Meanwhile, the festival season gets into full swing, from the Omizutori Fire Festival at Nara’s Tōdai-ji temple to the curiously translocated I Love Ireland Festival and St Patrick’s Day parade in Tokyo in mid-March. As April nears, cherry blossoms start to bloom across Honshu.
Key events: Hina Matsuri (nationwide), Anime Japan (Tokyo), I Love Ireland Festival (Tokyo)
April sees cheery blossom in all its blooming glory
Warmer weather and blooming cherry trees make April a fantastic month to be in Japan, though cities such as Tokyo and Kyoto can get very crowded. Hotel prices also go through the roof, especially for rooms overlooking sakura groves in public parks and gardens.
Spend your days cracking a few cans amongst the drifting flower petals, or sample a spring menu in a cafe, restaurant or ryokan (traditional inn). Popular seasonal foods range from cherry blossom-flavored desserts and pastries to burger buns and noodles infused with earthy cherry notes.
Key events: Cherry-blossom viewing; Takayama Spring Matsuri (Takayama)
May rewards outdoorsy travelers with abundant activities
Sure, May is busy, but it’s one of the best months to visit Japan. The weather is warm and sunny in most places, without the stifling humidity of summer, while fresh greenery erupts across the highlands. In mountainous areas, hiking, mountain biking, kayaking, rafting and camping are popular activities, though high-altitude trails may not open till July.
In the cities, it’s the season for exploring by bike, parkland strolls and sitting out in rooftop beer gardens – the Omohara Forest on the 6th floor of Omotesando’s Tokyu Plaza mall is a recommended spot for a tipple. Tokyo’s spring sumo tournament also takes place in May.
Key events: Sanja Matsuri (Tokyo), Roppongi Art Night (Tokyo)
June is drizzly but great for budget travelers
Early June is lovely, but by the end of the month, tsuyu (the rainy season) sets in. As the mountain snows melt, this is also the start of the main hiking season in the Japanese Alps. Many Japanese hikers will call off a day in the mountains at the slightest threat of rain, meaning hiking trails usually escape the mid-summer crowds. Travelers visiting in June will also benefit from cheaper hotel and flight prices and a few warm and dry days scattered amongst the showers.
Key events: Hyakumangoku Matsuri (Kanazawa)
July has a party atmosphere as the Mt Fuji trekking season starts
The rainy season passes in July, though the damp weather can linger for the first couple of weeks, bringing gray and gloomy skies. Then suddenly, it’s summer – a season of festivals and hanabi taikai (fireworks shows).
Taking a yakatabune (riverboat) tour during the 300-year-old Sumidagawa Fireworks Festival in Tokyo is strongly recommended; it’s well worth the high price tag to avoid the gargantuan crowds (which can reach up to one million people). It gets very hot and humid as July draws to a close; savvy travelers head to cooler Hokkaidō or the Japanese Alps, or hit the slopes of Mt Fuji, which opens to hikers in the middle of the month.
Key events: Mt Fuji climbing season, Gion Matsuri (Kyoto), Tenjin Matsuri (Osaka), Fuji Rock Festival (Naeba), Peiron Dragon-Boat Races (Nagasaki), Sumidagawa Fireworks Festival (Toyko)
August is sun-baked and jam-packed
August brings hot, humid weather that can head north of 38°C (100°F), and festivals continue apace. During the Japanese school holidays, crowds descend on beaches and flood cooler mountain areas, especially Mt Fuji. Expect peak crowds and prices during O-Bon, the Festival of the Dead.
Many Japanese return to their hometowns or go on domestic vacations, so transport is hectic, and hotel prices soar. For a slightly calmer experience, head to the Okinawa islands in the far southwest, where it’s peak scuba diving season.
Key events: Summer fireworks festivals (nationwide), World Cosplay Summit (Sakae, Nagoya and Aichi), Sendai Tanabata Matsuri (Sendai region), Nebuta Matsuri (Aomori Prefecture), O-Bon (Festival of the Dead), Peace Memorial Ceremony (Hiroshima), Awa-odori Matsuri (Tokushima City), Rōsoku Matsuri (Koyasan), Daimon-ji Gozan Okuribi (Kyoto), Earth Celebration (Sado Island)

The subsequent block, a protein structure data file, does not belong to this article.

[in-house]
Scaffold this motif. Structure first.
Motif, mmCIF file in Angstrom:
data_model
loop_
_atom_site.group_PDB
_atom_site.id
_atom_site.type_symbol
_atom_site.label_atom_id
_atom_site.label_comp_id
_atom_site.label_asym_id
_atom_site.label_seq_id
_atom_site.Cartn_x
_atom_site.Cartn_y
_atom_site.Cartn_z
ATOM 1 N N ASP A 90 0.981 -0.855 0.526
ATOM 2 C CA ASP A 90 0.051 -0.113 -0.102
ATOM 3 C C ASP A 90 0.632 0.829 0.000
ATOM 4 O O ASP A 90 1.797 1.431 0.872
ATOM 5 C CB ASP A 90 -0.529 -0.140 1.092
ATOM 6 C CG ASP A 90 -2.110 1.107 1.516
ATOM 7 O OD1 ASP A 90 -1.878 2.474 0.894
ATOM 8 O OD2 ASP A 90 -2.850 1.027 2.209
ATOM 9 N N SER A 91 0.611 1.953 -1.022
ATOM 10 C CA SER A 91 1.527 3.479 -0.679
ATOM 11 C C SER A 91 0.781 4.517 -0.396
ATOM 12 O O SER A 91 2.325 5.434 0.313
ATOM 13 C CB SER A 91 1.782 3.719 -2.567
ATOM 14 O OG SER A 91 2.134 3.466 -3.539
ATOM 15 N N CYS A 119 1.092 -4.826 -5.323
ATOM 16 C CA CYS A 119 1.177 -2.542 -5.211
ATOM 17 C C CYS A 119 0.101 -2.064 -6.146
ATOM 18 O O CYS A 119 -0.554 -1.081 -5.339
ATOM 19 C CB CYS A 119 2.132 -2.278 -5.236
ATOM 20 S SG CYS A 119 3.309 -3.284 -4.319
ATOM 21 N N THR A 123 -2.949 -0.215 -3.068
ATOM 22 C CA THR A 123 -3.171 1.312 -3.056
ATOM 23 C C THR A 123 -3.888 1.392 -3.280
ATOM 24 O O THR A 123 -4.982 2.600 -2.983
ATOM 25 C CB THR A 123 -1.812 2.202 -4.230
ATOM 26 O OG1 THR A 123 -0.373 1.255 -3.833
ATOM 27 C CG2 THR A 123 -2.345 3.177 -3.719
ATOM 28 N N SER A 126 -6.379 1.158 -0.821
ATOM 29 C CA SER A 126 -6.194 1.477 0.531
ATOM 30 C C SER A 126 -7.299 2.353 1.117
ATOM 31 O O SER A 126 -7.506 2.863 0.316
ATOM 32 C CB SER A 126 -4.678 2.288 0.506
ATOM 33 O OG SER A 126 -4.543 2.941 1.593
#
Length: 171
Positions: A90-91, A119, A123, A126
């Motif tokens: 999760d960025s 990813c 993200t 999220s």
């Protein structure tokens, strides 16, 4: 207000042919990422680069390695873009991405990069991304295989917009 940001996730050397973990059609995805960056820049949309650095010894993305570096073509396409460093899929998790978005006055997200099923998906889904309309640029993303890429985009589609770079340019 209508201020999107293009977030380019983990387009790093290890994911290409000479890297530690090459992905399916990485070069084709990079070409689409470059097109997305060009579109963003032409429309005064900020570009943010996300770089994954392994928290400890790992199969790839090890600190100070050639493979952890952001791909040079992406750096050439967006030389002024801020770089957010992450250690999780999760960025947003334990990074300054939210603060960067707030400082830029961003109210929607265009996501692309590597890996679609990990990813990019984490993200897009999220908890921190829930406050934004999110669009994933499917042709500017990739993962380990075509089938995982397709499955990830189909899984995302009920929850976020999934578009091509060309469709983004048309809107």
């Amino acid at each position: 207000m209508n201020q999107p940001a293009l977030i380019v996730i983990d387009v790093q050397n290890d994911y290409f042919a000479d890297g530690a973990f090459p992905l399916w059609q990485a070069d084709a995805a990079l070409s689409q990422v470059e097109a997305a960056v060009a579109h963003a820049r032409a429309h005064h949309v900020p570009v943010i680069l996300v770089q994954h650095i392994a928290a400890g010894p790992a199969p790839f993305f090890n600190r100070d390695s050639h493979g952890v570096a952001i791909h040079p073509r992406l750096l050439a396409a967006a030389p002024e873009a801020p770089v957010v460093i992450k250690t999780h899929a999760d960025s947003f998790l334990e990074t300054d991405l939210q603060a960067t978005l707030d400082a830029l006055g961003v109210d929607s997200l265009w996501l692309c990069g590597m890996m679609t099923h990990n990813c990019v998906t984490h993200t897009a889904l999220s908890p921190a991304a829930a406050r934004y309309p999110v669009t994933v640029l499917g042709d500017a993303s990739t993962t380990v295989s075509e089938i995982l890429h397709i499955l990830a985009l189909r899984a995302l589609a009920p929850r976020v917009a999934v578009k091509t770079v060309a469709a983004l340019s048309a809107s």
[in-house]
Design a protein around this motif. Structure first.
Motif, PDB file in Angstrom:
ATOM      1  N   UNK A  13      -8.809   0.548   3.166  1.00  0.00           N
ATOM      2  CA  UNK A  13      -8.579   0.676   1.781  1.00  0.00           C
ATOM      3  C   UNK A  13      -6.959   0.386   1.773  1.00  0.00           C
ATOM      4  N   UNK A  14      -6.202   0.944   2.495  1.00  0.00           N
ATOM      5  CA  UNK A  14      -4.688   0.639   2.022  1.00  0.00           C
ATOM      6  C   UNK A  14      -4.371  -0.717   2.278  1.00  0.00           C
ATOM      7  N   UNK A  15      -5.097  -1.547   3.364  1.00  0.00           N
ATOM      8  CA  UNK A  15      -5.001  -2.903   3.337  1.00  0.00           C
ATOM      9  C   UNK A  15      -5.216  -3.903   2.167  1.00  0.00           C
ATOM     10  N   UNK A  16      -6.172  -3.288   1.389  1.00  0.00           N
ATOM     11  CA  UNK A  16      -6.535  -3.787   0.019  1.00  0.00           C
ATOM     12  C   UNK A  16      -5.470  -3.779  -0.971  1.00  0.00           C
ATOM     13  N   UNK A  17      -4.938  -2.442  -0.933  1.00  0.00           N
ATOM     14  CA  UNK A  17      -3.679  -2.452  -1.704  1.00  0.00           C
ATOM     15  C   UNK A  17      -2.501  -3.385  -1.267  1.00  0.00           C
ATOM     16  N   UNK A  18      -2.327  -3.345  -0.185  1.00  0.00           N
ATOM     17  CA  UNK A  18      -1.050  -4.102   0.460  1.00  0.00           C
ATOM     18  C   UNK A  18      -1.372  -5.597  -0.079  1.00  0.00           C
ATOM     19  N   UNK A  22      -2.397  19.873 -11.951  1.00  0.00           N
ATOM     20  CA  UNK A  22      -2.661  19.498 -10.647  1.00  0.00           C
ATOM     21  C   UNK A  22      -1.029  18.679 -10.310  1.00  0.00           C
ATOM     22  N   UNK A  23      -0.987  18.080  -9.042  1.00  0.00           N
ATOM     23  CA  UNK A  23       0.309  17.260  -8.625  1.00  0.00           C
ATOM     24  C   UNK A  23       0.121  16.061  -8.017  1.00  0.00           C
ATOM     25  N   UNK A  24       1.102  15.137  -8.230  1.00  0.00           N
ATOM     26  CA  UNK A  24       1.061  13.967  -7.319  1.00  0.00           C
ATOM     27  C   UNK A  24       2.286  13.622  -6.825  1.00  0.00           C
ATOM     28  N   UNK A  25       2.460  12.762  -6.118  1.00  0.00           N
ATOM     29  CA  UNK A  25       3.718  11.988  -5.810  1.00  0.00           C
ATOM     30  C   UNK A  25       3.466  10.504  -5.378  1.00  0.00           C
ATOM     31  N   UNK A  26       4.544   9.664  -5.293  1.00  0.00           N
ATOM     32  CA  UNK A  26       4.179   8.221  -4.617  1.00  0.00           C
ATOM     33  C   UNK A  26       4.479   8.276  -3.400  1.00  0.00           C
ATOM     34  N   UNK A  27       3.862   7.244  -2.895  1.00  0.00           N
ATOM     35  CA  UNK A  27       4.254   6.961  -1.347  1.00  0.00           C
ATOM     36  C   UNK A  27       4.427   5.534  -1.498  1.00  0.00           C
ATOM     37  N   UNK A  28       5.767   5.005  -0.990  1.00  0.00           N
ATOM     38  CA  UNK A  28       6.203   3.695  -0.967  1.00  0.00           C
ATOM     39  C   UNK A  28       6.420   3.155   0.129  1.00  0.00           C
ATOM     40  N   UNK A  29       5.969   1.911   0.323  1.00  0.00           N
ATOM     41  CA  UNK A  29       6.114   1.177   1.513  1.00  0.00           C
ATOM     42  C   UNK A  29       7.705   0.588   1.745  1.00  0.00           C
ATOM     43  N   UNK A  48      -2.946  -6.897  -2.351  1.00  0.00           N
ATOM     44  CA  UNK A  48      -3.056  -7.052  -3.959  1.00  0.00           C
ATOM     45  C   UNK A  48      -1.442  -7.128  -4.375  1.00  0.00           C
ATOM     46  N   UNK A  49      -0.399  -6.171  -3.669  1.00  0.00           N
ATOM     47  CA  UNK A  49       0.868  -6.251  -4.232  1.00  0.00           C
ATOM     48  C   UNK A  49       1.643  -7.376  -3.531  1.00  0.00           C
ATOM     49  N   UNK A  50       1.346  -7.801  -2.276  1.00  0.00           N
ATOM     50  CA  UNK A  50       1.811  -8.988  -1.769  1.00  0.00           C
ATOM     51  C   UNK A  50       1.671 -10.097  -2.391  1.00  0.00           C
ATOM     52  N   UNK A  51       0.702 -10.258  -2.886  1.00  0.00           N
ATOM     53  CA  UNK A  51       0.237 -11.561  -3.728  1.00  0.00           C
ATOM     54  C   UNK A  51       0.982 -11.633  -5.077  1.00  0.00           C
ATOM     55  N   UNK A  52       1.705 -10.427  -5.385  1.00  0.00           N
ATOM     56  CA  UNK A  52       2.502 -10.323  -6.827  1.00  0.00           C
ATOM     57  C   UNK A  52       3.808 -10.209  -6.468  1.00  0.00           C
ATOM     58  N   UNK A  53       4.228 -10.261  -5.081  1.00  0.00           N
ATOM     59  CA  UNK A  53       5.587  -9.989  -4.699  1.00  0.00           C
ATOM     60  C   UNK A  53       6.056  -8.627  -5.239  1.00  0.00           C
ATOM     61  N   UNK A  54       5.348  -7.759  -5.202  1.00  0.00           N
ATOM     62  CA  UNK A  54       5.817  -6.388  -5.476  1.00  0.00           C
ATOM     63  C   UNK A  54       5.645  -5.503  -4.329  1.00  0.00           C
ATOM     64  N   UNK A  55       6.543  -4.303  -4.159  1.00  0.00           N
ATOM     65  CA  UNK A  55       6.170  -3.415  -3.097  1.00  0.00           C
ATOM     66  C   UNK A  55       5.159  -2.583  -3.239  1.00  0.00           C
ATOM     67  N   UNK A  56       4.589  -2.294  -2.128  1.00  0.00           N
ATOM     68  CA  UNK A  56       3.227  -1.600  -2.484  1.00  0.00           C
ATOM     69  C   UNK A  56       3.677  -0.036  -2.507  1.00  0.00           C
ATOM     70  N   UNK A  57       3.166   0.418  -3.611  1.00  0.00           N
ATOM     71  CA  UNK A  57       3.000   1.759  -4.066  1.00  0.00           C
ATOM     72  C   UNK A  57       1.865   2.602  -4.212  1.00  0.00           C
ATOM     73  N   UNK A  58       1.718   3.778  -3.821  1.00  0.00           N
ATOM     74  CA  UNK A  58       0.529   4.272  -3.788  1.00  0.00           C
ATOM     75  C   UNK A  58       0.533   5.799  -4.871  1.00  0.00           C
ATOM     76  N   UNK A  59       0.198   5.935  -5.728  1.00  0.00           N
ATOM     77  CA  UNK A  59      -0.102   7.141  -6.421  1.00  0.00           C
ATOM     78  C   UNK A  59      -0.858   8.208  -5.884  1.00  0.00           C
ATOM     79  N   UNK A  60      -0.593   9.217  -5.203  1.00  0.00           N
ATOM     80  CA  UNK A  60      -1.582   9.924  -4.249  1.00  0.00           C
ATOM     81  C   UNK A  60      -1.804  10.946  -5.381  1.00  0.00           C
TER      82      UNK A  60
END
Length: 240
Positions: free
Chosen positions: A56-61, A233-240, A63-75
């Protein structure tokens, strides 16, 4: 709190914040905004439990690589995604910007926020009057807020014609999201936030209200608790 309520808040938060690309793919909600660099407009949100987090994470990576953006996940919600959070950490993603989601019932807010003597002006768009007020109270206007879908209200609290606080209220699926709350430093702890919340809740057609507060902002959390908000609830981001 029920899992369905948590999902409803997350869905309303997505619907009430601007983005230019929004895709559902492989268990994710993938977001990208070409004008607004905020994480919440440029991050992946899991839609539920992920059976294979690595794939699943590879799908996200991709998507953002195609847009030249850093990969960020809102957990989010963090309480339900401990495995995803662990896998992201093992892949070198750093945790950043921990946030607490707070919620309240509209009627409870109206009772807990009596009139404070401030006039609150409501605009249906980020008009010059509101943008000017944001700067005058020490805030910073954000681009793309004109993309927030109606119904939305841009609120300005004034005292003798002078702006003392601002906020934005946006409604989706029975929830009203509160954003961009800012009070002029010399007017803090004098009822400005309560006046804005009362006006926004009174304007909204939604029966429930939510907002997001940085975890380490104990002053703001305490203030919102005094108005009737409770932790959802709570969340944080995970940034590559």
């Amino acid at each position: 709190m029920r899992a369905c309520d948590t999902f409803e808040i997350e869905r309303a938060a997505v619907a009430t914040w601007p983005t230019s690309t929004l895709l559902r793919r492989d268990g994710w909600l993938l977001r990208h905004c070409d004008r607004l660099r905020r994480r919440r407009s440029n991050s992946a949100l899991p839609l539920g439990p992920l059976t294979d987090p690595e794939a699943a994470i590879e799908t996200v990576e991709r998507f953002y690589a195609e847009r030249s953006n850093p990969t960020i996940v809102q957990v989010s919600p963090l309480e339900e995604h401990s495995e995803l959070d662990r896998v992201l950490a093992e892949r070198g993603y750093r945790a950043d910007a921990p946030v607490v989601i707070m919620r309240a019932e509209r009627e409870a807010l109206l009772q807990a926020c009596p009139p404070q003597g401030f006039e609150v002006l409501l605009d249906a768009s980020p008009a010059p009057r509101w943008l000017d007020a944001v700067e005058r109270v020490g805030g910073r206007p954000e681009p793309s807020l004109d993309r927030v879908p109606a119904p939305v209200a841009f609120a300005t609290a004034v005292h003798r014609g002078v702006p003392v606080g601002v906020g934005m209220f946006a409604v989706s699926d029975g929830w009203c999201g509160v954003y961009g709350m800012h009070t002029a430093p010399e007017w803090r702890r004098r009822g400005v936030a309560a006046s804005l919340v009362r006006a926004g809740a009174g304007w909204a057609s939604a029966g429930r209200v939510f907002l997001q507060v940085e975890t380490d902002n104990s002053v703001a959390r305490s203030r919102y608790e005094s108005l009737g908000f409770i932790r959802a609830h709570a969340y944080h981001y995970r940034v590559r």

September is the ideal beach season
In September, days are still warm – hot even – but less humid. Though the odd typhoon rolls through at this time of year, major cities are well-equipped to deal with bad weather, and this is generally a great time to travel in Japan.
Coastal towns such as Kamakura and Shimoda on the Izu Peninsula provide the perfect combo of sunny afternoons, beachfront Airbnbs and temperate waters, making this a great time to hit the beach.
Key events: Jōzenji Street Jazz Festival (Sendai), Kishiwada Danjiri Matsuri (Kishiwada, Osaka), moon-viewing (nationwide)
October sees a welcome dip in temperatures
Pleasantly warm days and cool evenings make October an excellent time to be in Japan. Fall foliage brings a blaze of color to the Japanese Alps, providing a stunning backdrop to its myriad mountain trails. Alternatively, stroll idly along Yokohama’s fetching harbor before draining a few steins at the city’s annual Oktoberfest.
Key events: Matsue Suitōro (Matsue), Asama Onsen Taimatsu Matsuri (Asama hot springs area), Oktoberfest (Yokohama), Kurama-no-hi Matsuri (Kurama, Kyoto), performing arts festivals (nationwide), Halloween (major cities)
November brings fall color to the major cities
November is marked by crisp and cool days with snow starting to fall in the mountains. Koyo (autumn foliage) reaches Tokyo and Kyoto, drawing crowds to parks, gardens and surrounding hills. The autumn leaves linger much longer than the cherry blossoms, so there’s less urgency among locals to charge out in great numbers, and it’s a quieter experience than the spring melee to view sakura. In old daimyo (feudal lord) gardens, such as Rikugi-en in Tokyo and Kenroku-en in Kanazawa, the fiery leaves are illuminated after nightfall.
Key events: Shichi-Go-San (7-5-3 Festival, nationwide)
December is a mishmash of eastern and western celebrations
December brings blue skies and cold temperatures across most of Japan. Bonenkai (year-end parties) fill city bars and restaurants, commercial strips are decorated with seasonal illuminations, and small Christmas markets sell mulled wine and festive trinkets.
Stick to the cities for New Year – many Japanese businesses shut down from December 29 or 30 to between January 3 and 6, and temples get busy. Local celebrations include Toshikoshi Soba, where locals eat soba noodles to usher in the New Year, and Joya-no-kane, the ringing of New Year bells.
Key events: Bonenkai parties (nationwide), Luminarie (Kobe), Toshikoshi Soba (nationwide), Joya-no-kane (nationwide)